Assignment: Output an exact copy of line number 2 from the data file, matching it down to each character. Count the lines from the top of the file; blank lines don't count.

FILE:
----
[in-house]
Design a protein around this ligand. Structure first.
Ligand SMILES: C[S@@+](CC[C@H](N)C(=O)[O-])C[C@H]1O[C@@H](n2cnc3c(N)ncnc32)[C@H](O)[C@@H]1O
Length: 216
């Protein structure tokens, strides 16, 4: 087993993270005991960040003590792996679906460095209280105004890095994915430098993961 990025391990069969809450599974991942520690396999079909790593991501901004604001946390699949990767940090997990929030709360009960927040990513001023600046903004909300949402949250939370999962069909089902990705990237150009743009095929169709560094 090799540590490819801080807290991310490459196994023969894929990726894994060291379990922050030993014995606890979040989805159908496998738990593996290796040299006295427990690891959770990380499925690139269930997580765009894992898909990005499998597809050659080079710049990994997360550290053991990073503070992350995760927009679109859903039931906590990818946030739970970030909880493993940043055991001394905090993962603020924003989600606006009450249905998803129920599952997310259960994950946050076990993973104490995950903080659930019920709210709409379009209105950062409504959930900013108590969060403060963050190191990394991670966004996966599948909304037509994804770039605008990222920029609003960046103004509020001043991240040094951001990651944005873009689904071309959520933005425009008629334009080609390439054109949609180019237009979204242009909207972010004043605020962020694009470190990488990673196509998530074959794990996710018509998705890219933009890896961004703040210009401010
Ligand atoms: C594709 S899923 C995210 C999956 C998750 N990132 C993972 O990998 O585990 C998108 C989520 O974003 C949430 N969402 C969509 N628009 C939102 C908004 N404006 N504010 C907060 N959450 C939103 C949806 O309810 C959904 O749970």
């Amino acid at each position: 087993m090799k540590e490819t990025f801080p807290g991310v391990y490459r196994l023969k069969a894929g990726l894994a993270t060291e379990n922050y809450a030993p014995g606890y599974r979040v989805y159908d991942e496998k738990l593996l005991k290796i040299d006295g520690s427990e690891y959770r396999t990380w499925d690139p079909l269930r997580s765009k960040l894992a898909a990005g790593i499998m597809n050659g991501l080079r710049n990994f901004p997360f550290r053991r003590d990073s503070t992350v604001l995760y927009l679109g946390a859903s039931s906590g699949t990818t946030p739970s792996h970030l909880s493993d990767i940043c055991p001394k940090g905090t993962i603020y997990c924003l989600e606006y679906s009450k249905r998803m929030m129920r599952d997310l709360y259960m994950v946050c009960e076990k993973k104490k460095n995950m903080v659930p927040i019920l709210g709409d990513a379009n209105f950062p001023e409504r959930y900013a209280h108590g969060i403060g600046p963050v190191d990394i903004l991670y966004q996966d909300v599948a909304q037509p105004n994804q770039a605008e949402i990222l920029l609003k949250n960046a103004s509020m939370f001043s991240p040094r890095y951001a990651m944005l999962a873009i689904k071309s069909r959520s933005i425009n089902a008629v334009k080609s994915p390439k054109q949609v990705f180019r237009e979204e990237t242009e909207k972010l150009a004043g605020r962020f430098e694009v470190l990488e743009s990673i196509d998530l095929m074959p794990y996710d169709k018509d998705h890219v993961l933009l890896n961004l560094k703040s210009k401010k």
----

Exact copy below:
Design a protein around this ligand. Structure first.